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How to Cook Faster

5 Ways to Streamline Your Cooking

Good restaurant chefs run highly efficient kitchens: food is so time- and temperature-sensitive that even two minutes of neglect can mean a pot boiled over or a beautiful fillet of fish scorched beyond repair. If you're new to cooking or looking for ways to take your kitchen skills to the next level, you'll appreciate these five ways to streamline your cooking.

  1. Wear the appropriate clothing: It may sound silly, but just like wearing business attire makes you sharper and more professional at work, the same can be said for the kitchen. Pull back your hair, tie on the apron, and wear comfortable shoes that cover your toes. You'll be appreciative if a knife or something very hot or heavy falls near (or on) your feet.
  2. Read the recipe, then reread it again: Familiarize yourself with the recipe including the list of ingredients, tools, and techniques. It helps to be confident about the next step in the cooking process, so you may only need to glance at the recipe while watching the food.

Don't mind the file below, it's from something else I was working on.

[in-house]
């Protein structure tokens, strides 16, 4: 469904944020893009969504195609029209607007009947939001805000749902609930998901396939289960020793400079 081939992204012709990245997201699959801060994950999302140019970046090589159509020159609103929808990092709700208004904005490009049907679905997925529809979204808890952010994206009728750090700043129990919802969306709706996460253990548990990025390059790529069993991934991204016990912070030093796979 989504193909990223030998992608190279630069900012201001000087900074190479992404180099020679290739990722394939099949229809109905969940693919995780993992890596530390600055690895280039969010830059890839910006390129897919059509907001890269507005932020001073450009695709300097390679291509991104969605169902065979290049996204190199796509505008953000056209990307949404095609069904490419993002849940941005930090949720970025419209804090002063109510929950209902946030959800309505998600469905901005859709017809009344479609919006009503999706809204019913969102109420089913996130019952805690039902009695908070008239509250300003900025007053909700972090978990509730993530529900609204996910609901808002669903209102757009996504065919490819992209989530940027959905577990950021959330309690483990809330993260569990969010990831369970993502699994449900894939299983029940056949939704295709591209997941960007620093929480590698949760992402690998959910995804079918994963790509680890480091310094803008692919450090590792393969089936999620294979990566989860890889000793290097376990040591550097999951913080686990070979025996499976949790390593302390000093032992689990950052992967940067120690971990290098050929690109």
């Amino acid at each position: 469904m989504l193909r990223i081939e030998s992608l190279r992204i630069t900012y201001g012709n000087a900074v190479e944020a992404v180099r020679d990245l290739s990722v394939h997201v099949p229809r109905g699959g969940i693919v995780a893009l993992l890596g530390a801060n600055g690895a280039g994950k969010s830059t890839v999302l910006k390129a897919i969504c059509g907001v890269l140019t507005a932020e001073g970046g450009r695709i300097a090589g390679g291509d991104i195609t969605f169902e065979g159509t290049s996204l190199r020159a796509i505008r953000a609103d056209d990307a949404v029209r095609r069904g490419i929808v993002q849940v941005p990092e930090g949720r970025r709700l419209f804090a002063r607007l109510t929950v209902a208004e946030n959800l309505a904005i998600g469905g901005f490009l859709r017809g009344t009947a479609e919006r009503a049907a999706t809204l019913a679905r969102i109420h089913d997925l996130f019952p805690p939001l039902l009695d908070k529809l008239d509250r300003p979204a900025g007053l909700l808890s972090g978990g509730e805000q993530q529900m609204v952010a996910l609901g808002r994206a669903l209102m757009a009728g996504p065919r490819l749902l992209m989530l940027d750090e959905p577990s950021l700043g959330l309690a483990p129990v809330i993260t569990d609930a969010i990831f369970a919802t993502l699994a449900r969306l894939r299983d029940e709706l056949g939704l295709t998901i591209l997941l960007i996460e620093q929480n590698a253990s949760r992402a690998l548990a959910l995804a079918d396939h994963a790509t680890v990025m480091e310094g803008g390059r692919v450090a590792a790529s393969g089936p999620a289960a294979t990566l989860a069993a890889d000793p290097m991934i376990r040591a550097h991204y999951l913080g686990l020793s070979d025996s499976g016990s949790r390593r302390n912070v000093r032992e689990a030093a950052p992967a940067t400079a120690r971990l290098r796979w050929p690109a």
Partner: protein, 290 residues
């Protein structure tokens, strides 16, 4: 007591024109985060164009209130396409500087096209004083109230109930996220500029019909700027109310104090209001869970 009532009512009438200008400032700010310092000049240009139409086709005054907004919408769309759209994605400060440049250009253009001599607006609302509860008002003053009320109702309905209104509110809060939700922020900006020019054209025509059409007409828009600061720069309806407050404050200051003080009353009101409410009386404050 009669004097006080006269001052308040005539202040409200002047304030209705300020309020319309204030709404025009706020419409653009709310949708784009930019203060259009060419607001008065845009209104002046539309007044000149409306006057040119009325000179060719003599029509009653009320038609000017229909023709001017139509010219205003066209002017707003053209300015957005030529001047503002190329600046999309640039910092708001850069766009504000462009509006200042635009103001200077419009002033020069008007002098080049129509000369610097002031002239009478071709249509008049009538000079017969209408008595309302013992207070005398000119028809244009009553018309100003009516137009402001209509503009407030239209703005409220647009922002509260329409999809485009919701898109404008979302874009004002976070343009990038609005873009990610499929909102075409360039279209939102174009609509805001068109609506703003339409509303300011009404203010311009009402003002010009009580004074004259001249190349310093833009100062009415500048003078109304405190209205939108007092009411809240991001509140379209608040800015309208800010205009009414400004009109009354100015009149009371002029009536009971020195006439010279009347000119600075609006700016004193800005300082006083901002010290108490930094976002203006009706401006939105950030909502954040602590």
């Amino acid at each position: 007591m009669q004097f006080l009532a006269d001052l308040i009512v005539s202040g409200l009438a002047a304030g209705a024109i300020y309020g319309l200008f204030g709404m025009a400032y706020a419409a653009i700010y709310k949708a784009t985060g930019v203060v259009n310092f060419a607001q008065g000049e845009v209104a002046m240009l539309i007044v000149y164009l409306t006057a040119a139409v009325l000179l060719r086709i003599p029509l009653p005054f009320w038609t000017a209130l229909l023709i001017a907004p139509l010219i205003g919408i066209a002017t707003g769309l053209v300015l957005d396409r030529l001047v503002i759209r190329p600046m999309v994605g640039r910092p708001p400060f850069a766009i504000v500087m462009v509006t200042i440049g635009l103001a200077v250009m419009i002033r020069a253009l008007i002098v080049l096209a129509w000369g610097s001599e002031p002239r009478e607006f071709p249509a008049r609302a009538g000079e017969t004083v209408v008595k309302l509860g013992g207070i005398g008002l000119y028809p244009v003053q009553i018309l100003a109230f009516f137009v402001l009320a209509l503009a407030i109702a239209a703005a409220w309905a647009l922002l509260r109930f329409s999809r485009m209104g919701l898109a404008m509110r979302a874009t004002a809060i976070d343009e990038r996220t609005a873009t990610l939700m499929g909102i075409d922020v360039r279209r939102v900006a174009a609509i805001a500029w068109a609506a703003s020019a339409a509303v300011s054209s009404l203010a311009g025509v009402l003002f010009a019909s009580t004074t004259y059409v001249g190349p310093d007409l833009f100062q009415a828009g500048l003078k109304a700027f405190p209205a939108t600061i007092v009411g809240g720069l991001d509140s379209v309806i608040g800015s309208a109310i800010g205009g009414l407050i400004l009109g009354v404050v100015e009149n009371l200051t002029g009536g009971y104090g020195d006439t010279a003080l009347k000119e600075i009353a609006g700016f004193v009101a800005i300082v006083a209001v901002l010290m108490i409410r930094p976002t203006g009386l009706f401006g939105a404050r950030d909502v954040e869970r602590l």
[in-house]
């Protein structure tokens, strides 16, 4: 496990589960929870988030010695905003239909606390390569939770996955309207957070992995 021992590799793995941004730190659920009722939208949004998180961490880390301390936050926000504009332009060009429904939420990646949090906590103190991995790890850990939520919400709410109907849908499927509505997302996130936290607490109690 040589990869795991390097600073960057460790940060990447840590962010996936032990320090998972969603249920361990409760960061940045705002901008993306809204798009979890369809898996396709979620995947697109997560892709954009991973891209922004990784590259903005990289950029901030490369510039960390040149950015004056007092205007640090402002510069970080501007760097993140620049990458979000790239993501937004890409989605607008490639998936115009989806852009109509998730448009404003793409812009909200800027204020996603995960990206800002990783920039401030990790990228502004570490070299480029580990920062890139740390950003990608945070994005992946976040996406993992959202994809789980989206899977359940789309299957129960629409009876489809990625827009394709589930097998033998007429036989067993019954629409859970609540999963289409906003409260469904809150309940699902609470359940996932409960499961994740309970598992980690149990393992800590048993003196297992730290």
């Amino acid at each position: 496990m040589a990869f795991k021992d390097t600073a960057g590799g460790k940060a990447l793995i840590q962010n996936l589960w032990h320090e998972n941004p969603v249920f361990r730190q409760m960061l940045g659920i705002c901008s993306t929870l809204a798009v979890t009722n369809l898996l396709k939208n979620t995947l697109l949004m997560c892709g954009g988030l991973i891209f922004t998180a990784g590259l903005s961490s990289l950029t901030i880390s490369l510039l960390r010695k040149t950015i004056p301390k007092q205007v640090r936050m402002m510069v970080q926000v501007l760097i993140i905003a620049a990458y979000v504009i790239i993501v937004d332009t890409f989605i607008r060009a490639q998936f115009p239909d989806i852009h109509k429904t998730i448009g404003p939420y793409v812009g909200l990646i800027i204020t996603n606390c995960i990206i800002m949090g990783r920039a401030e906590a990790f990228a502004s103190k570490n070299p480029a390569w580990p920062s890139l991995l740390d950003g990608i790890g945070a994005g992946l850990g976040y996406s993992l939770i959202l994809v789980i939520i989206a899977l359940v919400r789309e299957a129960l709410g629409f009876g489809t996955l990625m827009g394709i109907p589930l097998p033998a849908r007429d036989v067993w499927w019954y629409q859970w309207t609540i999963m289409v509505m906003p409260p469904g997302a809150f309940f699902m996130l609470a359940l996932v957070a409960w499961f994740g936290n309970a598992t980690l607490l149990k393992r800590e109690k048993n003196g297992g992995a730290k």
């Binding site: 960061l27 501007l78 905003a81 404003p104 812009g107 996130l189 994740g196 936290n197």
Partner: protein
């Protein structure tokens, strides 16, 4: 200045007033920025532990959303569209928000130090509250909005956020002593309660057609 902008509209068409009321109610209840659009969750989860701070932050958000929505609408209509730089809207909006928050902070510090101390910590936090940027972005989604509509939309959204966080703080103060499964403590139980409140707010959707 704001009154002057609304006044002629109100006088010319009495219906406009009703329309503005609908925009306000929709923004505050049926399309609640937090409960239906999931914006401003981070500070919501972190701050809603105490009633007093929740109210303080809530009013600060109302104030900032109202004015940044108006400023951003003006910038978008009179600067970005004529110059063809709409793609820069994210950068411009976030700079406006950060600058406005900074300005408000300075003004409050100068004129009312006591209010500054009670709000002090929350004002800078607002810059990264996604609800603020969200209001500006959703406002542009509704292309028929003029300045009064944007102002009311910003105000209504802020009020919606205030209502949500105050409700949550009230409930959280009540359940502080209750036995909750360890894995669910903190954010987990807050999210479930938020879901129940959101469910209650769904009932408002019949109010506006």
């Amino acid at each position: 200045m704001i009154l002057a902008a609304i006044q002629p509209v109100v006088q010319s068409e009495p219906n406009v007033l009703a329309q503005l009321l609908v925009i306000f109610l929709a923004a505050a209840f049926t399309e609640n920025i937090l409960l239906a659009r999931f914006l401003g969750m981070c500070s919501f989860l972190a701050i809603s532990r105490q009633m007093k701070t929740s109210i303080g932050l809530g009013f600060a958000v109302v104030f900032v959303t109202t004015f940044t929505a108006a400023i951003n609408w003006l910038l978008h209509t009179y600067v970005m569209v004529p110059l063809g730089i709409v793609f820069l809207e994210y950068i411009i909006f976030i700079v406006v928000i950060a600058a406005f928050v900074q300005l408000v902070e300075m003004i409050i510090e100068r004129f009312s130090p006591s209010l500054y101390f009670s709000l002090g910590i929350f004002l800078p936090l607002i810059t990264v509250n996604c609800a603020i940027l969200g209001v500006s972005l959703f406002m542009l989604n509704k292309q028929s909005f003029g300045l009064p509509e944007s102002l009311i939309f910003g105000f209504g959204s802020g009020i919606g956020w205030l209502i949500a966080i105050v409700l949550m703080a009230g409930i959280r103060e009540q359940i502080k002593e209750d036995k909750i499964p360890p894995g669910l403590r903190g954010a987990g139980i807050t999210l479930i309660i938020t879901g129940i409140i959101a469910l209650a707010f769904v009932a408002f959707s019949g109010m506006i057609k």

3. Set up your mise: The French term mise en place means "setting in place," and it's the process of prepping all of the ingredients and pulling out all of the equipment needed ahead of the cooking time. Use small glass or aluminum prep bowls and organize them according to the order you will use them. You'll be amazed by how much easier it makes the actual cooking process, so you are not scrambling to measure or chop something quickly.
  4. Keep the area clean: A dirty kitchen is a sign of a scattered, stressed cook. Develop the habit of returning ingredients back to their proper place in the pantry after using them, and quickly rinse and store dirty bowls in the sink. Keep a damp sponge handy to whip down any spills. Cleaning as you cook is a win-win situation: you won't have to do it later, and you'll feel better organized and in control.
  5. Practice, practice, practice: Ultimately, cooking fast requires practice and a lot of it. Professional chefs chop cases full of vegetables before they dice perfectly cubed, confetti-like brunoise. By your third try in the kitchen, you'll start to channel Julia Child and have the utmost courage of conviction behind the stove.

What lessons have you learned that have made your food prep more efficient?

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